Colour Temperature Guide
You’ve probably come across colour temperature when looking for lights before, and you may be wondering – what exactly is it? And how does it relate to lighting?
Understanding colour temperature is important for knowing the right lighting setup for your room.
Our guide will try to explain colour temperature in a simple way and hopefully give you a better understanding of its importance, to help you create the lighting effect you want.
What is colour temperature?
Colour temperature is a way of measuring different shades of light – specifically by giving it a value for how ‘warm’ or ‘cool’ it is.
The scale ranges from bright amber to dark blue. Measured in Kelvins (K), the red/yellow hues are at the low end of the scale and the blue shades are at the high end.
Remember not to confuse colour temperature with brightness. Brightness of light is usually measured in lumens or watts, whereas colour temperature refers to the colour of light.
Kelvin scale / How to measure colour temperature / Measuring colour temperature
The Kelvin scale is used to measure temperatures, similar to Celsius and Fahrenheit, and is always expressed simply as K (with no degrees symbol).
There are no negative numbers on this scale, with the lowest temperature being absolute zero (0K). Because of this, it is typically used by scientists to measure extremely high and low temperatures.
The reason it is used to measure colour temperature is that when objects are hot enough, they emit visible radiation. At about 800 K substances start to emit light, which will be a reddish colour, and as they get hotter the light starts to become brighter and shinier – moving from red to orange, then yellow, white, and finally blue.
International colour code and colour rendering
An important note is that colour temperature can be shown with an international colour code. This is usually a three-digit value which tells you light clarity and colour temperature. The first digit tells you the CRI (Colour Rendering Index) of a light, which measures light clarity, and the last two digits tell you the colour temperature.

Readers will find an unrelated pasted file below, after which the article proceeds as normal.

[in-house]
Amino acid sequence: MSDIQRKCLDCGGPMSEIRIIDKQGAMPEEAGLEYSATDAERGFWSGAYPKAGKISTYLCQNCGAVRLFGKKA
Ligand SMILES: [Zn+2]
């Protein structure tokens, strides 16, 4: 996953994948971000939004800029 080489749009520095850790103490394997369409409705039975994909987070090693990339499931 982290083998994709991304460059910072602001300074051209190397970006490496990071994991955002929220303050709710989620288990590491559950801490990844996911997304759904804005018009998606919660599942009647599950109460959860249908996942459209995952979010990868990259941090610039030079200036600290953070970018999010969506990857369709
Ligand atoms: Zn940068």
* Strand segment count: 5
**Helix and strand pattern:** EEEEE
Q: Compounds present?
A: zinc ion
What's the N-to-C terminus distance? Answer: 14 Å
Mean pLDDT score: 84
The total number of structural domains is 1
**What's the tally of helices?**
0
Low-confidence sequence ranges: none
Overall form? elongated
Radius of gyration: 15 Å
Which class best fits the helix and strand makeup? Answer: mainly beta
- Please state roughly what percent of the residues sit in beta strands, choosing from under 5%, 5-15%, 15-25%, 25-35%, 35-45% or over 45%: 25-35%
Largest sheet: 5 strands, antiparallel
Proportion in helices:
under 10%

Here are a few examples to explain:
|International Colour Code
|CRI (Colour Rendering Index)
CRI tells you the quality of a light source, which is important in terms of colour temperature as the area and objects surrounding a light source should be illuminated in the colour that the light source is supposed to give off. Poorer quality light will have a weaker colour.
You might be wondering what types of bulbs give off the various colours. It can vary but in general, red light (800-2000K) comes from candlelight, filament lamps give off orange light (2000-2700K), halogen lamps give off yellow (2700-3500) and LED lamps give off white/blue light (3500-5000K).
If you like a warmer, yellowish light then something around 2700K would be good. Or, if you prefer cooler, blueish hues then something between 6500-7500K works well.
Which colour temperature to use
So now that you know more about colour temperature you can feel more confident when choosing the right lights for your home. Remember, when it comes to picking the best colour temperature there is no right or wrong answer.
In general, yellow/warm white colours between 2500-3500K are used in the bedroom or lounge as they have a warm, cosy quality to them.
Cooler colours in the 3500-5000K range are often used in the kitchen or in offices as they compliment the tone of the room with their whiter shades.
For very cool whites found between 5000-6000K, you will usually see them in bathrooms or warehouses as they give a more artificial daylight effect.